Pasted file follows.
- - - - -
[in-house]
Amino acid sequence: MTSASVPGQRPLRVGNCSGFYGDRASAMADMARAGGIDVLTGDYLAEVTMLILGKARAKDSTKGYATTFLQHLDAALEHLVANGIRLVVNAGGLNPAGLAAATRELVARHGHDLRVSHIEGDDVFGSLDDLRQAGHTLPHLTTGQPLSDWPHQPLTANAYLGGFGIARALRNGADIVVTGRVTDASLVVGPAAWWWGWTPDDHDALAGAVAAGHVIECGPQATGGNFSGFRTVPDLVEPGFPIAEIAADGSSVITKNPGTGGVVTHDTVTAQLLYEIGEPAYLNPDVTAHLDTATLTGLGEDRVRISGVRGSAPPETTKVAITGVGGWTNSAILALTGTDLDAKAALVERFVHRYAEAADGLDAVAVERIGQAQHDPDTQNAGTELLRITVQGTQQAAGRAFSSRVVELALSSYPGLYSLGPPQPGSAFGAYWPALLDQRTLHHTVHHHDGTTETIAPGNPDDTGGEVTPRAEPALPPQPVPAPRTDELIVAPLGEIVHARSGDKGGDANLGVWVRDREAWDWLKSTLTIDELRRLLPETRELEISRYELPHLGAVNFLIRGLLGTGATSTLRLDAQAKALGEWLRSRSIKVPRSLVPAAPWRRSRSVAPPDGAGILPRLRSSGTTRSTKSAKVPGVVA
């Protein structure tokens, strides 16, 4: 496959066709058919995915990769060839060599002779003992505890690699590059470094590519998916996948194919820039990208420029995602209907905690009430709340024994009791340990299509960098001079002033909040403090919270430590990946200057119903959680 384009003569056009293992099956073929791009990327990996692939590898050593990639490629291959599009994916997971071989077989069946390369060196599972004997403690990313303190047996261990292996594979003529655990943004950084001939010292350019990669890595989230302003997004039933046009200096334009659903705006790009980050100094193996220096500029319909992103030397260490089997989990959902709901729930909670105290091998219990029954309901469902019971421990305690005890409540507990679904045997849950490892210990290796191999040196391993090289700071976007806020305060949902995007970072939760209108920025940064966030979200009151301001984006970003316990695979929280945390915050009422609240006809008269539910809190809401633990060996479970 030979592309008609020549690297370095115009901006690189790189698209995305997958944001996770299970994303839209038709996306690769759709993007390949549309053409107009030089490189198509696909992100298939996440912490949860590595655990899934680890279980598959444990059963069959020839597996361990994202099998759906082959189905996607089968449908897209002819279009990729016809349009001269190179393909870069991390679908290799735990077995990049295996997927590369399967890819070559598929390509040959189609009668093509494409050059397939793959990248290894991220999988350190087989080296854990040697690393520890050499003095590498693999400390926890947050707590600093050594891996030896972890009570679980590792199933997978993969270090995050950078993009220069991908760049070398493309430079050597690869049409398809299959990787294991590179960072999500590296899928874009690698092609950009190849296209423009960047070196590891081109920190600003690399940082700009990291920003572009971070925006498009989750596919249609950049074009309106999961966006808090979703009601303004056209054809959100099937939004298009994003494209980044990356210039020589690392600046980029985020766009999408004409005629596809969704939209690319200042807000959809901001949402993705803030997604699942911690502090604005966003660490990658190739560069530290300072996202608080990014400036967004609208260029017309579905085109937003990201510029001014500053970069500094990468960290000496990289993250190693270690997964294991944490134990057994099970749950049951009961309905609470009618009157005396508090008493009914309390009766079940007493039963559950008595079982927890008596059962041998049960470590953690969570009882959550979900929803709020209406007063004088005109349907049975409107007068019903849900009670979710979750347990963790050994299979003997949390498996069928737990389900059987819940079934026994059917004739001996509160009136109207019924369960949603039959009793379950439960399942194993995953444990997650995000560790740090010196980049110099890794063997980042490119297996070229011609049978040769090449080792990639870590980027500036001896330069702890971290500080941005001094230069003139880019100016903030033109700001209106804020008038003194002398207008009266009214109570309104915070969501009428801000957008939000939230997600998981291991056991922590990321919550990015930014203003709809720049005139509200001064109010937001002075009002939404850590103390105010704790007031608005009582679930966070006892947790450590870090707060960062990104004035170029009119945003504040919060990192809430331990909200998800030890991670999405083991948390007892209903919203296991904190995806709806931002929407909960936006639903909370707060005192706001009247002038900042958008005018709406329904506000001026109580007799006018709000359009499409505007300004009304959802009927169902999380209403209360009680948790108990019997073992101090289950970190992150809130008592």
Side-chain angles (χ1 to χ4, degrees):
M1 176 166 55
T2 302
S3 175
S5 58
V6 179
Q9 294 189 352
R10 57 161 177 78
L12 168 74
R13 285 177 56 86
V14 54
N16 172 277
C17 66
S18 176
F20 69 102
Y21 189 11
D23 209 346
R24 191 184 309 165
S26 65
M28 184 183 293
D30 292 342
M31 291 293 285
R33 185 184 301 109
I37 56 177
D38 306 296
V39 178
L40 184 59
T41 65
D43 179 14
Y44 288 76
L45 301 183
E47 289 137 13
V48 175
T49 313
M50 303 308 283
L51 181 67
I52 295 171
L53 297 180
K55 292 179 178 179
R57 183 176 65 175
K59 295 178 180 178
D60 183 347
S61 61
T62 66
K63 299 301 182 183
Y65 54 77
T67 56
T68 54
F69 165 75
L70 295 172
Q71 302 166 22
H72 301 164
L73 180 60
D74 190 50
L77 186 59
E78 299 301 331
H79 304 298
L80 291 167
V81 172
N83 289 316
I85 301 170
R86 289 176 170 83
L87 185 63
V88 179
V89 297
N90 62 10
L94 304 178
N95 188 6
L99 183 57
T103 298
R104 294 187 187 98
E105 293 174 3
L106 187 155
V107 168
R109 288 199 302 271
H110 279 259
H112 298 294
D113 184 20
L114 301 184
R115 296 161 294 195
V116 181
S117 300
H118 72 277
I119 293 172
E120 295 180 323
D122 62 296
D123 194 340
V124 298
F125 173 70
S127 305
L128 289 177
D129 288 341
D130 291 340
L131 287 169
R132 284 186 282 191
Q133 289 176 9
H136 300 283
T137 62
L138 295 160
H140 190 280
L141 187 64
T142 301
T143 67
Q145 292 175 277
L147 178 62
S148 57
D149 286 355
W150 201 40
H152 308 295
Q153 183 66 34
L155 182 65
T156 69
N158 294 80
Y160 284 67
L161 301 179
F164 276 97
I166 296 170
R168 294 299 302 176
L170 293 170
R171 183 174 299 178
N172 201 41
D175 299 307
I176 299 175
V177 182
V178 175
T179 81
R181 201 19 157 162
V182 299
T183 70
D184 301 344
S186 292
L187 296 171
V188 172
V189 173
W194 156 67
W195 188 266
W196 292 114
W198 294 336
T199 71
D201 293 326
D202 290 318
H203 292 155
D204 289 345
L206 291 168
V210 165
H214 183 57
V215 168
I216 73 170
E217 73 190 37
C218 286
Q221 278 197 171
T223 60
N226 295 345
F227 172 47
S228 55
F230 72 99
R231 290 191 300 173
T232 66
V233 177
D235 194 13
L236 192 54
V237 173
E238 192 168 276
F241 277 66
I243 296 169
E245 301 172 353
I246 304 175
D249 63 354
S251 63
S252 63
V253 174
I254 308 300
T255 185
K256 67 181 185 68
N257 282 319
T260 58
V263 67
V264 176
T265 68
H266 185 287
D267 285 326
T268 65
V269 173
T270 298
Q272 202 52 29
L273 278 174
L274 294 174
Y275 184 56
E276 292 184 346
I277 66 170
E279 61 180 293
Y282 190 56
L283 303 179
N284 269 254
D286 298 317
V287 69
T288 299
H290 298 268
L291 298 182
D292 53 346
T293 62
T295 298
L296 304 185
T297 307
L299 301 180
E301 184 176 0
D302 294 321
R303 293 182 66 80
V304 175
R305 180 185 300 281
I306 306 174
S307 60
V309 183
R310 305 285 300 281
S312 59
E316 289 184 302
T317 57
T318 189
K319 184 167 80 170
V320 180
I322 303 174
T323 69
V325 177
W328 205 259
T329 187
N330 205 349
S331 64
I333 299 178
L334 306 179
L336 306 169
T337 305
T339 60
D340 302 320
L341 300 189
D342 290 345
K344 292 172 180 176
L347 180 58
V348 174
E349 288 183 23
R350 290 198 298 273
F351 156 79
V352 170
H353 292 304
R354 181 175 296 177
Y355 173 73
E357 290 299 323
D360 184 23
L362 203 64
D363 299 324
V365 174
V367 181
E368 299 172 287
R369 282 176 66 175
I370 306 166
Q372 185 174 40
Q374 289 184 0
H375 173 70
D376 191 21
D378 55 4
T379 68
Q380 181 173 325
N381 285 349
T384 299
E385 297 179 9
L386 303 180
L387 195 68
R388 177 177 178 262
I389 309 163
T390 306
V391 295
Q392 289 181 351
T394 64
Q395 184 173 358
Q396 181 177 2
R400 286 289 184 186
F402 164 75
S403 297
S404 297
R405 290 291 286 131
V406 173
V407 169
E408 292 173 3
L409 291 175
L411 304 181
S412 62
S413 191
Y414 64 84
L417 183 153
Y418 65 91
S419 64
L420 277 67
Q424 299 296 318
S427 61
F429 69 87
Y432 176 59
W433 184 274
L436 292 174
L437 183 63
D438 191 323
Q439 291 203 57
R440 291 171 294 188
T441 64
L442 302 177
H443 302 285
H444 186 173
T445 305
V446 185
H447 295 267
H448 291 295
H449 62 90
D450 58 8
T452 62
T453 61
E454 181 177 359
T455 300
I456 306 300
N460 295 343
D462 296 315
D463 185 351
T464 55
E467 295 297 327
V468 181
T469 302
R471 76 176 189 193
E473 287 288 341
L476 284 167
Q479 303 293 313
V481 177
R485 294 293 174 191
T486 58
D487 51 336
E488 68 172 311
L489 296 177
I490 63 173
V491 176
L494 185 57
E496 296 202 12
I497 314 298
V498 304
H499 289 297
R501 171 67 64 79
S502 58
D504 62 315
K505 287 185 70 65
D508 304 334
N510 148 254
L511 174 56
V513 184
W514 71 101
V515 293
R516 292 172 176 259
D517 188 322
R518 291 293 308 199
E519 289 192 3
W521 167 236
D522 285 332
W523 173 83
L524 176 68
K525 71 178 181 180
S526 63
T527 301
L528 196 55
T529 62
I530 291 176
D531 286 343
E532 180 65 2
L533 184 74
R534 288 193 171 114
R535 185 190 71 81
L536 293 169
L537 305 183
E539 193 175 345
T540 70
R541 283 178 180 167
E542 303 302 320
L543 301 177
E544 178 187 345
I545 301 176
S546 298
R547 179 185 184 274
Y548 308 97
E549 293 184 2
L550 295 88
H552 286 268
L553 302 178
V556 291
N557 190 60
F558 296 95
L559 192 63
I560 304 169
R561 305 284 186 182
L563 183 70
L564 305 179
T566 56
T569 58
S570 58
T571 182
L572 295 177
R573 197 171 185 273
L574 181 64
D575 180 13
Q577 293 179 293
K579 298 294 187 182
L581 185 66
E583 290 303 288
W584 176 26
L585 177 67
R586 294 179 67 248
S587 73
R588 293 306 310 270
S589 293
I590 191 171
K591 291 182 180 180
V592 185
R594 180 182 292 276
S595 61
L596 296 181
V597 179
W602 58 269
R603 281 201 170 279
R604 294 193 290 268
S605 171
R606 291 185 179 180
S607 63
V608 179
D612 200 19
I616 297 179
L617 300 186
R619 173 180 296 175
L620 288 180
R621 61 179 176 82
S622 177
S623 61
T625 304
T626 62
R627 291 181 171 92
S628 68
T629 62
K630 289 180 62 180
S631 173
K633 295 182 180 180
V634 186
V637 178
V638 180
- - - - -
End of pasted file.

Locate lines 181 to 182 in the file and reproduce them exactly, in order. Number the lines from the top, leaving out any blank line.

V264 176
T265 68